Mr Watson - Most lawyers are of opinion that unless a provision of the kind is made such employes cannot register.

Mr KENNEDY - There is no special provision, so far as I can see. to prevent those who are not working under factories laws from registering a trade mark.

Mr Watson - Hear, hear. Certainly.

Mr KENNEDY - What means will the public have to distinguish between goods produced . or manufactured under fair conditions of labour, and those produced under unfair conditions, unless- and this is what caused the doubt in my mind - registration is to be restricted entirely to those whose conditions of labour are prescribed by some authority ?

Mr Watson - There are numbers of people working under fair conditions, who do not come within the factories laws, or the jurisdiction of Arbitration Courts.

Mr KENNEDY - I do not think that since I have been in public life I have found it necessary to give so much attention to any question as I have given to this before deciding how to vote. I recognise this to be a matter of most serious importance, and if the proposal is to attain all that its advocates claim, surely it is not the intention to give the right of registration to those who work under unfair conditions.

Mr Fisher - It would not be true, if goods, manufactured by such people, were labelled as having been produced under fair conditions.

Mr McCay - Such people could call themselves an association, and register a label, and the public would have to go behind the label in order to ascertain whether the conditions of manufacture were, fair or otherwise.

Mr Watson - Why should they not?

Mr KENNEDY - That is the first difficulty that presents itself to my mind ; and throughout the discussion I have not heard the question raised or answered.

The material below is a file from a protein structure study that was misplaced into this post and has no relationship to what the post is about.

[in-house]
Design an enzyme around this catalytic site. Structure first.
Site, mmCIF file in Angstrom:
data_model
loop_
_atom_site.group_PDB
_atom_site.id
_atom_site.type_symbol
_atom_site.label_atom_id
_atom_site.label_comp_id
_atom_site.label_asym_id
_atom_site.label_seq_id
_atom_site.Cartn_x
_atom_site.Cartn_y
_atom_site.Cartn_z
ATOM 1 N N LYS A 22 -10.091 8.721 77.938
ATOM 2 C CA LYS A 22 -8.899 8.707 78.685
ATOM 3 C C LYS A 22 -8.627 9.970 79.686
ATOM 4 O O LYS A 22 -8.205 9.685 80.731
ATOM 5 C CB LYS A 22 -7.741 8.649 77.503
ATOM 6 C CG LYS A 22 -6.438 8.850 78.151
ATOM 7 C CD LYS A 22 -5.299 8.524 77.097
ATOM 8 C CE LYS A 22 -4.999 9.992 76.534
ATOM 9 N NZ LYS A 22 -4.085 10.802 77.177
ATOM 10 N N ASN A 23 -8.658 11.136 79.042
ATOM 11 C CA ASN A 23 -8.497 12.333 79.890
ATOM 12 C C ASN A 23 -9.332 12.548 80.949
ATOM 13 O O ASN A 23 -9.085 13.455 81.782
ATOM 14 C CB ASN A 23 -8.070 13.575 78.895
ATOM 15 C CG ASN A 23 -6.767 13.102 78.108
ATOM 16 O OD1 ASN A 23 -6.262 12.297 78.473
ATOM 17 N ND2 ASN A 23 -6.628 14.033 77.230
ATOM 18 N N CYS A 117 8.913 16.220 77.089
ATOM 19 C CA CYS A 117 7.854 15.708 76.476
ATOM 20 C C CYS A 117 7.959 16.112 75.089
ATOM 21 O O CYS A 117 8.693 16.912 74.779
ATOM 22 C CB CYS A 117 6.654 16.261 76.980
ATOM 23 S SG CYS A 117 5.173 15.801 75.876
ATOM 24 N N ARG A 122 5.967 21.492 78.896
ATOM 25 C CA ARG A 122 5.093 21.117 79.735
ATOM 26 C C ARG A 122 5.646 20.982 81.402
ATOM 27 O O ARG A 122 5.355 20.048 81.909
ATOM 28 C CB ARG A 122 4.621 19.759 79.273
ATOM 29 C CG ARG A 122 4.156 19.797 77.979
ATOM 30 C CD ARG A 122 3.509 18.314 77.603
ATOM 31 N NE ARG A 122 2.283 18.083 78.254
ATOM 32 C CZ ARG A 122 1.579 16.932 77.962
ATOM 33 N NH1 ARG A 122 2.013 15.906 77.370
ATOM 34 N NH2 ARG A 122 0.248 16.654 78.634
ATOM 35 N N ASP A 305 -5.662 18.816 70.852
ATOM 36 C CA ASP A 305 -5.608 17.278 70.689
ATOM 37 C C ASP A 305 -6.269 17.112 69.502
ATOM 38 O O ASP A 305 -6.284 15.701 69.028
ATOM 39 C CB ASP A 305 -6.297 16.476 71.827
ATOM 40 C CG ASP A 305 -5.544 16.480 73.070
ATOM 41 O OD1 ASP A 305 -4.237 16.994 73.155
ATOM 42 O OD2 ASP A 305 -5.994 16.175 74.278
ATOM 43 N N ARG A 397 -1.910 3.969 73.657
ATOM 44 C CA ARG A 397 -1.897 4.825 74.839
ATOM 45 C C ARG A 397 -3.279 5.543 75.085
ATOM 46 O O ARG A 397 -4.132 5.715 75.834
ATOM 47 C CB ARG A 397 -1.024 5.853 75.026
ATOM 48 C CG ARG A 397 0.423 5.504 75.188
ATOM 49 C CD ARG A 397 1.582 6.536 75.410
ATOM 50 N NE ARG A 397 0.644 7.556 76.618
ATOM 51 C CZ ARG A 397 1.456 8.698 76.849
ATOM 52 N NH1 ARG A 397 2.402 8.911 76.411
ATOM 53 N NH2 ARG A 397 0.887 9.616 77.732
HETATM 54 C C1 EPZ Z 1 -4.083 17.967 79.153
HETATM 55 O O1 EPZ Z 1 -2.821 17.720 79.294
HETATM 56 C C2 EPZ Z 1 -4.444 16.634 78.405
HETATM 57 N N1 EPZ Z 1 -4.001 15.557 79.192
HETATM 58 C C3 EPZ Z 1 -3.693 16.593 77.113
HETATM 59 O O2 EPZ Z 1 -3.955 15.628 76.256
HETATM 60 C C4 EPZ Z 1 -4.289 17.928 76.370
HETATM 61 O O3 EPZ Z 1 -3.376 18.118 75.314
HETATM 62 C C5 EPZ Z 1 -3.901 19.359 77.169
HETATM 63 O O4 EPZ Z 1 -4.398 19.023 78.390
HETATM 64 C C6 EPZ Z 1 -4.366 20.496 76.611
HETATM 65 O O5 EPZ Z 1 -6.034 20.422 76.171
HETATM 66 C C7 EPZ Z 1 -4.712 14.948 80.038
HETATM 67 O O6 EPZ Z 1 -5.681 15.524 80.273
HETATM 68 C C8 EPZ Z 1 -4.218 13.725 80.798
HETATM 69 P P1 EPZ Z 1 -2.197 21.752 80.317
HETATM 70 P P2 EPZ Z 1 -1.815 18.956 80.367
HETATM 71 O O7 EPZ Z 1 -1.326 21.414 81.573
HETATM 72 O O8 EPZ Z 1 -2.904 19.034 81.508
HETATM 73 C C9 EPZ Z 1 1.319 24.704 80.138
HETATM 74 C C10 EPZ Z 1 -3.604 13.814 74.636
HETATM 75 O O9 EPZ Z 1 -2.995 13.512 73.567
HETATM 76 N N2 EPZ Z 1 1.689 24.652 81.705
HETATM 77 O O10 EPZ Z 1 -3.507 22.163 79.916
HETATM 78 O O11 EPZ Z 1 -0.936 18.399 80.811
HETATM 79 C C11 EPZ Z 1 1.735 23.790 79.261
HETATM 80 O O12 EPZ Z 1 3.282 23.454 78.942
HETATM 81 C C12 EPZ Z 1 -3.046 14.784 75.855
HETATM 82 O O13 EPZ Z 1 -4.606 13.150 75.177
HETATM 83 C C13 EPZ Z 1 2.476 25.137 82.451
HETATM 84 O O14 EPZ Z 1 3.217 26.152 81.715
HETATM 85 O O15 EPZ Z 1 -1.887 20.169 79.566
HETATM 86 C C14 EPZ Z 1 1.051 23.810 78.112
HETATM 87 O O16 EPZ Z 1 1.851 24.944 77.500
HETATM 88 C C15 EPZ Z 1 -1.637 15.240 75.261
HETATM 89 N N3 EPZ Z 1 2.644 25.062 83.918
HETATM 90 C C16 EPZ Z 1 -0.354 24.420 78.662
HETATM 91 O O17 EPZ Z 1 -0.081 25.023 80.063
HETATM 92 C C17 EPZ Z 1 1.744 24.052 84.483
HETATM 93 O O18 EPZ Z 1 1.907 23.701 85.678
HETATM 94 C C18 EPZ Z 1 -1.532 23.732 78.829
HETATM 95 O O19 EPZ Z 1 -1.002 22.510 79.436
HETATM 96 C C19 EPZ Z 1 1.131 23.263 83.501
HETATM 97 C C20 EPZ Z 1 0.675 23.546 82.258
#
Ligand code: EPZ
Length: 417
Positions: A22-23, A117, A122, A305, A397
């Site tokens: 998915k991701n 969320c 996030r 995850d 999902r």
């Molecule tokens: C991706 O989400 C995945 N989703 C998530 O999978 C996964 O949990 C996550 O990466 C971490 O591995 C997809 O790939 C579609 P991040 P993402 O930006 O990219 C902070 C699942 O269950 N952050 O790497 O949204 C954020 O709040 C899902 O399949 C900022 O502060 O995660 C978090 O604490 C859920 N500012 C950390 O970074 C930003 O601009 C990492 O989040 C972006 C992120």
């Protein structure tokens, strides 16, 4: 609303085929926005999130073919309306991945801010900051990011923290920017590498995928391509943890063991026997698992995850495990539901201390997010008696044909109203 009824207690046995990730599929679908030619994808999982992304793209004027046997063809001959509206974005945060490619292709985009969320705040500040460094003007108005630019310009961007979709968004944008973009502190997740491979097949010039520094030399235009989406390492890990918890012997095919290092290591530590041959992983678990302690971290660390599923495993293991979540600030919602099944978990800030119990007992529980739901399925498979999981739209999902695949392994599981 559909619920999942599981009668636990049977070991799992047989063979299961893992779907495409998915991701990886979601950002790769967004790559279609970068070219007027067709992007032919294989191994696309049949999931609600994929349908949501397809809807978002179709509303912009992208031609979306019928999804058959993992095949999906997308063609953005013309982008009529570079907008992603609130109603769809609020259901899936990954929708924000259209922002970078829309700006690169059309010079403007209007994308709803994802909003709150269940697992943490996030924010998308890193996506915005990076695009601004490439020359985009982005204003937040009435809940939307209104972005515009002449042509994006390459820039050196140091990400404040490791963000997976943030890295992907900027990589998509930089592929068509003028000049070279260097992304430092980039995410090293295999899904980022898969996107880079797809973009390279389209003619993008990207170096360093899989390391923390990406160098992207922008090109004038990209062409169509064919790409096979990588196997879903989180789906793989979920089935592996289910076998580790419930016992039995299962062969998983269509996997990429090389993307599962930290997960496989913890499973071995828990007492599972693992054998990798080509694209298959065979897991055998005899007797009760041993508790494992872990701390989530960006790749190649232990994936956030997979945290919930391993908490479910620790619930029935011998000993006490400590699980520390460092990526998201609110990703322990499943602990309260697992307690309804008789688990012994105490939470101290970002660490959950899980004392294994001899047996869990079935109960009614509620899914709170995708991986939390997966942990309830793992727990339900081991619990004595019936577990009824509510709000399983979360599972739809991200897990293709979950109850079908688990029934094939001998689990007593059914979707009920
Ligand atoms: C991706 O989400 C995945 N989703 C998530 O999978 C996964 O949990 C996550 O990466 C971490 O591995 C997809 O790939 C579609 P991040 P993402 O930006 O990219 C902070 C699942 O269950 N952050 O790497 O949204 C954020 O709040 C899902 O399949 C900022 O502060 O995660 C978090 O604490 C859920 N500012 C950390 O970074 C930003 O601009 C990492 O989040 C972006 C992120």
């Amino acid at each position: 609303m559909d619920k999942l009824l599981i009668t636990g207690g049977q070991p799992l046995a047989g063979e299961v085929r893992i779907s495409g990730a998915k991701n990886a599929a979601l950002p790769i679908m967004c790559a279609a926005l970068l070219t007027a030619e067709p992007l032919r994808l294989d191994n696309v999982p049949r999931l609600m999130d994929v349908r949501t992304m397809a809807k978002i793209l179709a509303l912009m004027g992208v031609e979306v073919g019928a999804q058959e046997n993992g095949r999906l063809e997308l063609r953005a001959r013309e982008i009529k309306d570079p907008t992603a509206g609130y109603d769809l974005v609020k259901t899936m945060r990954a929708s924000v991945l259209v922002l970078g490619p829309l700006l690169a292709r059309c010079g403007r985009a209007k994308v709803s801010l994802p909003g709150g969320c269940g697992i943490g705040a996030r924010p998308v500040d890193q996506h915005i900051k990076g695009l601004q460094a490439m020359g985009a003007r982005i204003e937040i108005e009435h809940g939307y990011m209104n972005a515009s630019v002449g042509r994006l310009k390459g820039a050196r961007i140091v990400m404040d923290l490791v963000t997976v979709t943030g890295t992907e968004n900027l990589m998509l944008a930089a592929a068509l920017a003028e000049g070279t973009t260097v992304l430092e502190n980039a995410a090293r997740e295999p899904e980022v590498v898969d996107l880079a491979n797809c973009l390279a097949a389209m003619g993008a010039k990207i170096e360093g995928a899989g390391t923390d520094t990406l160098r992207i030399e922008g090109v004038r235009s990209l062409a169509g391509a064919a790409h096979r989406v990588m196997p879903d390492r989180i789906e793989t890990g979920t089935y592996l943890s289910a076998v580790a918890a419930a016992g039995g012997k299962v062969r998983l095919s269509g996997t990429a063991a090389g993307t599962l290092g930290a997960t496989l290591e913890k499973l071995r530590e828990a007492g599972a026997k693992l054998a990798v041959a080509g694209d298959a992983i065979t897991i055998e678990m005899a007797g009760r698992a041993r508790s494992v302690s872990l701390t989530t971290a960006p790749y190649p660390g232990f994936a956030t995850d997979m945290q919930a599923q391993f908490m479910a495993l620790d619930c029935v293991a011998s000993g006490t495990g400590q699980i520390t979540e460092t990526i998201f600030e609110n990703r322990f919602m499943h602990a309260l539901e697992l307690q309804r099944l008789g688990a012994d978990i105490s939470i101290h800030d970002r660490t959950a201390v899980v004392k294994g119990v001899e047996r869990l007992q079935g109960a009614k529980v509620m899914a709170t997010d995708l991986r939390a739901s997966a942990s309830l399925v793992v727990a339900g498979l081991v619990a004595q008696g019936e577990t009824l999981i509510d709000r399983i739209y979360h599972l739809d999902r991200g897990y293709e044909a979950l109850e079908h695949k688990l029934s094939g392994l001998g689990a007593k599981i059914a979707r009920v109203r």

Mr Fisher - Oh, yes.

Mr KENNEDY - I want to be shown what advantage those who work under fair conditions will obtain, if workers who may be compelled to work under unfair conditions have the right of registration, and the right to exhibit the label ?

Mr Fisher - Not the same label.

Mr Poynton - If the label indicated that Wages Board conditions had been complied with, would that not meet the case?

Mr KENNEDY - There is no such provision as that in the Bill. I say without hesitation that if any provision could be devised by which a mark might be applied to goods. made under fair conditions - under factories laws, or arbitration laws - and so distinguish goods made under sweated conditions, I should be prepared to support it. The proposal before us does not, in my humble judgment, attain that end.

Mr Watson - Will not each association have the opportunity to design its own label ?

Mr Fisher - Hear. hear.

Mr KENNEDY - Then, assuming that a trade mark is granted, of what value will it be to the purchaser, as a guide to the intrinsic value of the goods?

Mr Wilson - Absolutely no value.

Mr KENNEDY - None whatever. The only value that a trade mark of the kind could have to the purchaser, would be to show that the goods had been manufactured under fair conditions. So far as I can understand, however, the proposal gives neither the worker nor the purchaser any such protection ; and that in my mind is a sufficient reason for opposing the clause. As I have already said, if some provision could be made by which the purchaser would be enabled to distinguish between the two classes of goods, I should be prepared to consider it on its merits. I do not think it necessary to argue the proposal from the point of view of preference to unionists. On this score, I am not alarmed in the slightest degree, seeing that the proposal does not give any preference to unionists. I desire, however, to put the position as it presents itself to my mind. It is admitted. I think, by those who make special claim to represent labour, that in large centres of population there are greater advantages arising from the membership of trades union and similar organizations, than there are in sparsely-populated centres throughout the rural districts. Iron-workers engaged in the manufacture of agricultural implements furnish a typical illustration. In the largest centres there is greater stability in reference to employment than, for instance, in the small towns of the Murray districts. In the latter, the employes change to a greater extent than in the city, and, for the reason I have just given, they are not unionists to the same extent as in the cities. But, so far as my inquiries go, the rate of pay is generally better in the country, while the conditions are equally good, if not better, than in the city